How Not to Embed Scientists in the Military?

April 6th, 2009

Posted by: admin

Wired’s Danger Room blog has the latest installment of the Army’s effort to embed social scientists with the troops serving in combat.  The Human Terrain Team participants have recently been told they will be shifted from contractors to government employees.  If they choose not to, they can leave the program.  The blog writer is expecting a mass exodus, and may well be right.  But the program has had a big list of problems, not the least of which are the casualties.  This paragraph has a nice summary, and you can search the Danger Room blog for Human Terrain to see the rest of the coverage of Human Terrain.

Three of the program’s social scientists have been killed on duty. One former employee has pleaded guilty to manslaughter, for a revenge slaying in Afghanistan. Another is awaiting trial on espionage charges. Most recently, a sexual harrassment investigation found that one of the Human Terrain groups in Afghanistan had become a “hostile environment” to female employees.

Now, there has been general criticism of this program, just like there has of the wars in which it has been deployed.  Those are all valid questions, but somewhat separate from the broader issue of what scientists can provide in terms of boots on the ground support.  Like their military counterparts – the Civil Affairs/Foreign Area Officers – the advisory role these scientists can play has value in working with the populations where military personnel are deployed.  It would behoove someone within the Department of Defense to do some kind of analysis of the Human Terrain program to try and see how the problems of that program can be avoided in the future.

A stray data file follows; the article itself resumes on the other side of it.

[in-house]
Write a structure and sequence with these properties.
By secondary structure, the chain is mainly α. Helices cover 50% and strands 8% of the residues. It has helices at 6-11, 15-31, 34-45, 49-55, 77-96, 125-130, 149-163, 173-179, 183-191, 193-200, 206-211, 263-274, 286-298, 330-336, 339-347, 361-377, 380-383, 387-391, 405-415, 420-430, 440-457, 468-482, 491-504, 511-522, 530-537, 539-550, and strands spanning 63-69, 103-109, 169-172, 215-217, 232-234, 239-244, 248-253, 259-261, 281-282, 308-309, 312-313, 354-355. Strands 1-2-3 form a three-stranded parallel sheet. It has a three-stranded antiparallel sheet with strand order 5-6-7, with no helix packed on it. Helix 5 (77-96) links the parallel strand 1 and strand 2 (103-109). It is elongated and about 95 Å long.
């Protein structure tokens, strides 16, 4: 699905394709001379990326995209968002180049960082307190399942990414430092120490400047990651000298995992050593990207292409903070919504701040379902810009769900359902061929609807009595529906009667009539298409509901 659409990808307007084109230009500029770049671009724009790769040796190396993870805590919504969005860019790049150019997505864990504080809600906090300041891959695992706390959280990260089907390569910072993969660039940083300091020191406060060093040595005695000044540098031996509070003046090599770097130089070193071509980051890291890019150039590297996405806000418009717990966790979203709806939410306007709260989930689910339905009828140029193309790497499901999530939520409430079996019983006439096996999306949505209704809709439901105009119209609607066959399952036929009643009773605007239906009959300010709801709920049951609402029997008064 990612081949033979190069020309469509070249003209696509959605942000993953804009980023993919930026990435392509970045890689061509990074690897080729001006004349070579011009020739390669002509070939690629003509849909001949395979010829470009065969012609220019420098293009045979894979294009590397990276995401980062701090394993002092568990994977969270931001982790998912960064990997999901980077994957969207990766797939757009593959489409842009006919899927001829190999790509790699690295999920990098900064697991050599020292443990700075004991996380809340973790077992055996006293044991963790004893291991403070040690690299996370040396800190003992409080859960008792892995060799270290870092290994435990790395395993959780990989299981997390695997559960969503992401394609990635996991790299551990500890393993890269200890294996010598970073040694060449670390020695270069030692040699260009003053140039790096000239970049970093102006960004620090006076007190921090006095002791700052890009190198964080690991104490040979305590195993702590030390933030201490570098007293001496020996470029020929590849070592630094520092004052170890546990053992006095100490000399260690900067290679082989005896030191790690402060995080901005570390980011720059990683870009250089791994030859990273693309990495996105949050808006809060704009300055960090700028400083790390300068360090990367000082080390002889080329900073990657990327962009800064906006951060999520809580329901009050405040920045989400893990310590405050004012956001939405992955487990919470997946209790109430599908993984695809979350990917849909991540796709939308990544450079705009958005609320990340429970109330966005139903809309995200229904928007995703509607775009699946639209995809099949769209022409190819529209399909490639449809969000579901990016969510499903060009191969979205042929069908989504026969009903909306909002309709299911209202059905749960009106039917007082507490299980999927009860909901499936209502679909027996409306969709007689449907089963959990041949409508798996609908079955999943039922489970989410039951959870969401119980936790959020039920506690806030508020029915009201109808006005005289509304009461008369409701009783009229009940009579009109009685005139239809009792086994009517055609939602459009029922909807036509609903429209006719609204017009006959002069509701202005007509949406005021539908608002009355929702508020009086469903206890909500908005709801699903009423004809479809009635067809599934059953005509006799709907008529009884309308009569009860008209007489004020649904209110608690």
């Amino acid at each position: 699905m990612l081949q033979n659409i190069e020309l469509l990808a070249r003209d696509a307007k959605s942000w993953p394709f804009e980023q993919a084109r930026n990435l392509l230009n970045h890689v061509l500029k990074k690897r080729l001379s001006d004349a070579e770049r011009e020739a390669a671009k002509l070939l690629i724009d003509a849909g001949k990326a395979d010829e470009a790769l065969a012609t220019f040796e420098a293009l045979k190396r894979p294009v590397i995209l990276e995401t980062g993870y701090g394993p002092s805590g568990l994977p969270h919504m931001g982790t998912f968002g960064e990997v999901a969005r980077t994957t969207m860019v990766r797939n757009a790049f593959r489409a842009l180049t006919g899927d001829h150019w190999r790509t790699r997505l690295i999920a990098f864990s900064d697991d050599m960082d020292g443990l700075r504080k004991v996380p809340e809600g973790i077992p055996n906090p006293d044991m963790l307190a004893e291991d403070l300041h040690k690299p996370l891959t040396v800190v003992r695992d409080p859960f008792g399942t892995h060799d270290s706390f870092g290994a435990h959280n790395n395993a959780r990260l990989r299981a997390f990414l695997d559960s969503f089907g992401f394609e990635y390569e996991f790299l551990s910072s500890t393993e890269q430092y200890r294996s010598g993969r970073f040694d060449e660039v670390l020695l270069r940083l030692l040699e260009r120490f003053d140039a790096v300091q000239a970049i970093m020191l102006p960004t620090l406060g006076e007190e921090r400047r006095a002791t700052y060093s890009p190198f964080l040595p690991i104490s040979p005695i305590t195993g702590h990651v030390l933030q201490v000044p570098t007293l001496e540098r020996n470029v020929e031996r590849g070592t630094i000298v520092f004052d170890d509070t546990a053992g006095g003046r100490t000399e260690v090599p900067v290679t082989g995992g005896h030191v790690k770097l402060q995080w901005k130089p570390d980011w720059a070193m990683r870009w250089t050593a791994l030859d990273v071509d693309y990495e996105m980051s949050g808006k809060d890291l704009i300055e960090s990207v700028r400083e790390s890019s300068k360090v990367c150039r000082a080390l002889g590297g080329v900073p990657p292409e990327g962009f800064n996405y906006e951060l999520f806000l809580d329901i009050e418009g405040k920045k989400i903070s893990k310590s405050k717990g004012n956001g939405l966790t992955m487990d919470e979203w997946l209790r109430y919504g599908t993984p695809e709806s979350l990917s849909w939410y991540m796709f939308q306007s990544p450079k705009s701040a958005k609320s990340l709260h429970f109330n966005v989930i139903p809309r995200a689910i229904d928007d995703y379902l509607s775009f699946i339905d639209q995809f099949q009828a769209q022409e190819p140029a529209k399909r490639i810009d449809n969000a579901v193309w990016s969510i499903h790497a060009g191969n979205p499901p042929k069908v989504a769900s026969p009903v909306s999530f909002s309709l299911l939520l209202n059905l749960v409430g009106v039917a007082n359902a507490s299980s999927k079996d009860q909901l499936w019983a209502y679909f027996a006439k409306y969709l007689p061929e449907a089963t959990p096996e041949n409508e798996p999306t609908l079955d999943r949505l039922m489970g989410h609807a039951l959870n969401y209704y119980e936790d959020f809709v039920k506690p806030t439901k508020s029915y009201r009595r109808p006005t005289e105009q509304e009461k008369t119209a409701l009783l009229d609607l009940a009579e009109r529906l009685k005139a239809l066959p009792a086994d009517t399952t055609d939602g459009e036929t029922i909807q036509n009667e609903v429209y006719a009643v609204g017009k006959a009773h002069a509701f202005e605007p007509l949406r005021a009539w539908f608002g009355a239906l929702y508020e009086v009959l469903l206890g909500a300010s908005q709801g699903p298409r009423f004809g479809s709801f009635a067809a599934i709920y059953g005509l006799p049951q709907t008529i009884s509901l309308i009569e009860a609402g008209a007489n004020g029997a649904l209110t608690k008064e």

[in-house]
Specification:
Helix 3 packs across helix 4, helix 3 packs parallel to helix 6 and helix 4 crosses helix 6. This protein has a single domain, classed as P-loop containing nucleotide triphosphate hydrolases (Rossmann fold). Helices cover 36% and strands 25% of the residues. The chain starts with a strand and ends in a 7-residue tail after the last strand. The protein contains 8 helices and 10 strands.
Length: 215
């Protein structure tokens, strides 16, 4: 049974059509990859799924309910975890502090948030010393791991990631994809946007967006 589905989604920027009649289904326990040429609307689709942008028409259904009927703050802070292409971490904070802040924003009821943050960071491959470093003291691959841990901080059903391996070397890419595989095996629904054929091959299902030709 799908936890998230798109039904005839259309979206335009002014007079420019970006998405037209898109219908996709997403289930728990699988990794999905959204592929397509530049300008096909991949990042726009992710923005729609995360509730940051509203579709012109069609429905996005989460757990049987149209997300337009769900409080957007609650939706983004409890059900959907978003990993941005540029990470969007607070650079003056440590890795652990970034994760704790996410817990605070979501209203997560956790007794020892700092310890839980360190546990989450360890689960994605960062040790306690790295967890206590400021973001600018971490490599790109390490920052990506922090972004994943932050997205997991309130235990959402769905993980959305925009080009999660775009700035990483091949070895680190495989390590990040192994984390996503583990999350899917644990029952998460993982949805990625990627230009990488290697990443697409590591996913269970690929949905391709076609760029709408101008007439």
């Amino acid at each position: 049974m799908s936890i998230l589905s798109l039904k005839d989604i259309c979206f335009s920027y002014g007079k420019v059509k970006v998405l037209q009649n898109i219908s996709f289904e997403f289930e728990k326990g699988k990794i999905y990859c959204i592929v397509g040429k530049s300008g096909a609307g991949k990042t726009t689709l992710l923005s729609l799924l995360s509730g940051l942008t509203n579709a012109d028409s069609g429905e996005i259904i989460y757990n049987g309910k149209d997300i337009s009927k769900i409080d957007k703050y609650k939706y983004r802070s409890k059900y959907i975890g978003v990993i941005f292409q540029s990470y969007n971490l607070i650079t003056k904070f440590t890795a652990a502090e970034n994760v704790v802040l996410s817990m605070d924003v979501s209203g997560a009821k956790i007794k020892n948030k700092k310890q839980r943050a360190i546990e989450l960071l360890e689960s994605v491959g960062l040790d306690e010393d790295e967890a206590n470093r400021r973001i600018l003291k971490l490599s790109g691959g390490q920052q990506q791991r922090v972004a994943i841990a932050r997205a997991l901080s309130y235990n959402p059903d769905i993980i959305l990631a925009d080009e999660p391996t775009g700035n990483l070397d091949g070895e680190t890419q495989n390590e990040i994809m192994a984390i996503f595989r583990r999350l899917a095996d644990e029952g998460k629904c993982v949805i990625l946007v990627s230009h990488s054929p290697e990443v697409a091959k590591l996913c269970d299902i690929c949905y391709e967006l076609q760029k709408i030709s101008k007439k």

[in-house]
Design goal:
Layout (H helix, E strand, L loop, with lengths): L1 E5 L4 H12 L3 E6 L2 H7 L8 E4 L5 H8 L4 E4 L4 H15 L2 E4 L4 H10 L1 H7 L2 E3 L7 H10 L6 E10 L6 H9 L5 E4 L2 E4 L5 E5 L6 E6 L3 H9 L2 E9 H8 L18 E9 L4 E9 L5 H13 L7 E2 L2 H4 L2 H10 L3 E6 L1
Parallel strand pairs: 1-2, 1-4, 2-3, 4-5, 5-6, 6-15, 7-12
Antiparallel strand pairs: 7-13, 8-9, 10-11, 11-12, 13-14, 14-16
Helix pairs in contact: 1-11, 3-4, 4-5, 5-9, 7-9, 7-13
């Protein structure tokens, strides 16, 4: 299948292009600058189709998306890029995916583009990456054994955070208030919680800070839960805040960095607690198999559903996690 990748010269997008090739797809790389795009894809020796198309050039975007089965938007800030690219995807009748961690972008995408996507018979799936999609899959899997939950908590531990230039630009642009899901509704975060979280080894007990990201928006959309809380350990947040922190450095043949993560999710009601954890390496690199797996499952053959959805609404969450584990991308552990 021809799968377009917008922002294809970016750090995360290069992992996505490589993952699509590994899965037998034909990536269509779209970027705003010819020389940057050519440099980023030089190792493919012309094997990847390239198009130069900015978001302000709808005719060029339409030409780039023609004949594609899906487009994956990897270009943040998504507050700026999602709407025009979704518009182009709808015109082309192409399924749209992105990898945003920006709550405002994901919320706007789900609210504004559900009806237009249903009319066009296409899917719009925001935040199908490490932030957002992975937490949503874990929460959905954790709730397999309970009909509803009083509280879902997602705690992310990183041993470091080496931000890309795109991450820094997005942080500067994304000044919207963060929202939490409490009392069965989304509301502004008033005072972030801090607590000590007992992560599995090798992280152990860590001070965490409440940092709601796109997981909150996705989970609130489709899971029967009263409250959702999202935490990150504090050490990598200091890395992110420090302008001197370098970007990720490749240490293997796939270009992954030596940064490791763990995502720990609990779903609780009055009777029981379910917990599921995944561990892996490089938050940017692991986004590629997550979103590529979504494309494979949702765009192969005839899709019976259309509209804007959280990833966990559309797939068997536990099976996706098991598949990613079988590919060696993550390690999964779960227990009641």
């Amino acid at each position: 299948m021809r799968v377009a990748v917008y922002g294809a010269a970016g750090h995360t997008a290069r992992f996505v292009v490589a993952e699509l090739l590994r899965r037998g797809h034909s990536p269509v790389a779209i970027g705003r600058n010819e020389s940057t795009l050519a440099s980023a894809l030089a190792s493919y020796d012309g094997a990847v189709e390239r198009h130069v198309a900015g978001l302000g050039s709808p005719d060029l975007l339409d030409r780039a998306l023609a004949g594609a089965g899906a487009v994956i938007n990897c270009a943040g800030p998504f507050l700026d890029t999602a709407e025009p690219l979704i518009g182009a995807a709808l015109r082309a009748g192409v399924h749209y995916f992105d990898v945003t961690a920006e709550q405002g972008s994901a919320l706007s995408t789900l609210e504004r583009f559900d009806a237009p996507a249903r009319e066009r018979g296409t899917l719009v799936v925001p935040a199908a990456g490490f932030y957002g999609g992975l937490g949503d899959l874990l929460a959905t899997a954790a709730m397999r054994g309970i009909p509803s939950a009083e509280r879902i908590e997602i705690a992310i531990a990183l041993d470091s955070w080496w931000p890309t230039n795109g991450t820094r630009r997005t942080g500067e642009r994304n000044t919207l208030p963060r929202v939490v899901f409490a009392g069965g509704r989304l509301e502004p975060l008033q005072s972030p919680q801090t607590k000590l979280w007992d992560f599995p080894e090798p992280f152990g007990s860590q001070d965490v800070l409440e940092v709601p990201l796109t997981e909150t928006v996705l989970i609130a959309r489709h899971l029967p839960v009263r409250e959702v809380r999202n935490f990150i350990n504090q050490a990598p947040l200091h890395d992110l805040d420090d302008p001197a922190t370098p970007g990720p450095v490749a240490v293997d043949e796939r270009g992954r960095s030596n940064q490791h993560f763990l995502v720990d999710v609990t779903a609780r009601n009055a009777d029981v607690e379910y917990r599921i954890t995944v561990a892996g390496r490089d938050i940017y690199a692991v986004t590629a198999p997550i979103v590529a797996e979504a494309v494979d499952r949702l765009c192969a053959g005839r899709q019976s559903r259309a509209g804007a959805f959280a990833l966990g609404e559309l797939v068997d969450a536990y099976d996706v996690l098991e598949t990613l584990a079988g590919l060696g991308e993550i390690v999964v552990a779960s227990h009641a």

3 Responses to “How Not to Embed Scientists in the Military?”

  1. stan Says:

    “Now, there has been general criticism of this program, just like there has of the wars in which it has been deployed.”

    As opposed to all those wars which were never subjected to criticism?

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  3. Jon Frum Says:

    When I was in grad school, someone told me “There is no science in social science.” Yep, true enough. I understand granting the name social science through tradition, but unless someone travelling with the military is studying the breeding habits of central asian lizards or setting up a particle collider in Kabul, there are no American scientists in Afghanistan. Cultural scholars, sure. Scientists, not a chance.

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  5. David Bruggeman Says:

    So it’s not enough for a field to have hypothesis, experiment and theory to be a science?

    Both sociology and anthropology do the same thing for humans as studying the breeding habits of central asian lizards. How are they not science?